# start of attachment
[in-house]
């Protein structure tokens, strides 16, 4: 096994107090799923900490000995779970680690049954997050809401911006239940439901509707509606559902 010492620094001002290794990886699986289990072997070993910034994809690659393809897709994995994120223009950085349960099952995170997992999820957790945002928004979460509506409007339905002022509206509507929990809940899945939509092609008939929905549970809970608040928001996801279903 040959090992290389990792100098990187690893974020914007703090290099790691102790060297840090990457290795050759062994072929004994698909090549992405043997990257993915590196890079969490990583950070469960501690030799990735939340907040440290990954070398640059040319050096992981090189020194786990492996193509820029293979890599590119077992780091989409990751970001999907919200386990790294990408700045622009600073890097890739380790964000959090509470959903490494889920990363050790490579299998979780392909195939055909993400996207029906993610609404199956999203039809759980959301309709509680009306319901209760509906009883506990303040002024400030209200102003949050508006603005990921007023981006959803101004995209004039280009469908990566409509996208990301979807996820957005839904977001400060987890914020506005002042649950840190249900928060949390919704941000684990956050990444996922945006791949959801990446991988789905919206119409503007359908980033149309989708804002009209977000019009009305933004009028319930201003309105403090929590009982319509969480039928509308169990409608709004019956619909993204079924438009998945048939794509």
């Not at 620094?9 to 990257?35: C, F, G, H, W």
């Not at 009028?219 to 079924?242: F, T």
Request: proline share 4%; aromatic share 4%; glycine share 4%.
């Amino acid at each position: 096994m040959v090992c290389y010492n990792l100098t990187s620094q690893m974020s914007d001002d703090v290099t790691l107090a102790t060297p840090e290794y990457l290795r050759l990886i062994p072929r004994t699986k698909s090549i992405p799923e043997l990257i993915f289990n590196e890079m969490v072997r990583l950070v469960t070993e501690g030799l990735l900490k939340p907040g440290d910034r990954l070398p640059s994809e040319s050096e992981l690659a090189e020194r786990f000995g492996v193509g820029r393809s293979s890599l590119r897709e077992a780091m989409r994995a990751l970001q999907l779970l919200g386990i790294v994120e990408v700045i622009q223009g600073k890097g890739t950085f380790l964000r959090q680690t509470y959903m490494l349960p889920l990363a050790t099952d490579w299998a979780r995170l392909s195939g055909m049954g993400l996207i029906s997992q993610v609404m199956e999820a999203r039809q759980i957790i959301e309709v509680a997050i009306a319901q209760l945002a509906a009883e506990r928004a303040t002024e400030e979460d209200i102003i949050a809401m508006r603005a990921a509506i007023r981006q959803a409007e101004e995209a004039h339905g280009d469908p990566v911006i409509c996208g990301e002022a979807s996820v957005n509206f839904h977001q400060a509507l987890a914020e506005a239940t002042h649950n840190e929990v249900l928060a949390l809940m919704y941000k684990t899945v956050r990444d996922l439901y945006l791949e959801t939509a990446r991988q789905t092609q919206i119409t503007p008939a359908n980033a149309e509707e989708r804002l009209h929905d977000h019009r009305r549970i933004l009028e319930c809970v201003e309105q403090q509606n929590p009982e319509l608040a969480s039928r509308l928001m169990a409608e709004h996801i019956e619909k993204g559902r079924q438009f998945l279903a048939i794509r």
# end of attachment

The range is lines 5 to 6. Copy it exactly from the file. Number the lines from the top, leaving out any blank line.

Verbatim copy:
Request: proline share 4%; aromatic share 4%; glycine share 4%.
């Amino acid at each position: 096994m040959v090992c290389y010492n990792l100098t990187s620094q690893m974020s914007d001002d703090v290099t790691l107090a102790t060297p840090e290794y990457l290795r050759l990886i062994p072929r004994t699986k698909s090549i992405p799923e043997l990257i993915f289990n590196e890079m969490v072997r990583l950070v469960t070993e501690g030799l990735l900490k939340p907040g440290d910034r990954l070398p640059s994809e040319s050096e992981l690659a090189e020194r786990f000995g492996v193509g820029r393809s293979s890599l590119r897709e077992a780091m989409r994995a990751l970001q999907l779970l919200g386990i790294v994120e990408v700045i622009q223009g600073k890097g890739t950085f380790l964000r959090q680690t509470y959903m490494l349960p889920l990363a050790t099952d490579w299998a979780r995170l392909s195939g055909m049954g993400l996207i029906s997992q993610v609404m199956e999820a999203r039809q759980i957790i959301e309709v509680a997050i009306a319901q209760l945002a509906a009883e506990r928004a303040t002024e400030e979460d209200i102003i949050a809401m508006r603005a990921a509506i007023r981006q959803a409007e101004e995209a004039h339905g280009d469908p990566v911006i409509c996208g990301e002022a979807s996820v957005n509206f839904h977001q400060a509507l987890a914020e506005a239940t002042h649950n840190e929990v249900l928060a949390l809940m919704y941000k684990t899945v956050r990444d996922l439901y945006l791949e959801t939509a990446r991988q789905t092609q919206i119409t503007p008939a359908n980033a149309e509707e989708r804002l009209h929905d977000h019009r009305r549970i933004l009028e319930c809970v201003e309105q403090q509606n929590p009982e319509l608040a969480s039928r509308l928001m169990a409608e709004h996801i019956e619909k993204g559902r079924q438009f998945l279903a048939i794509r």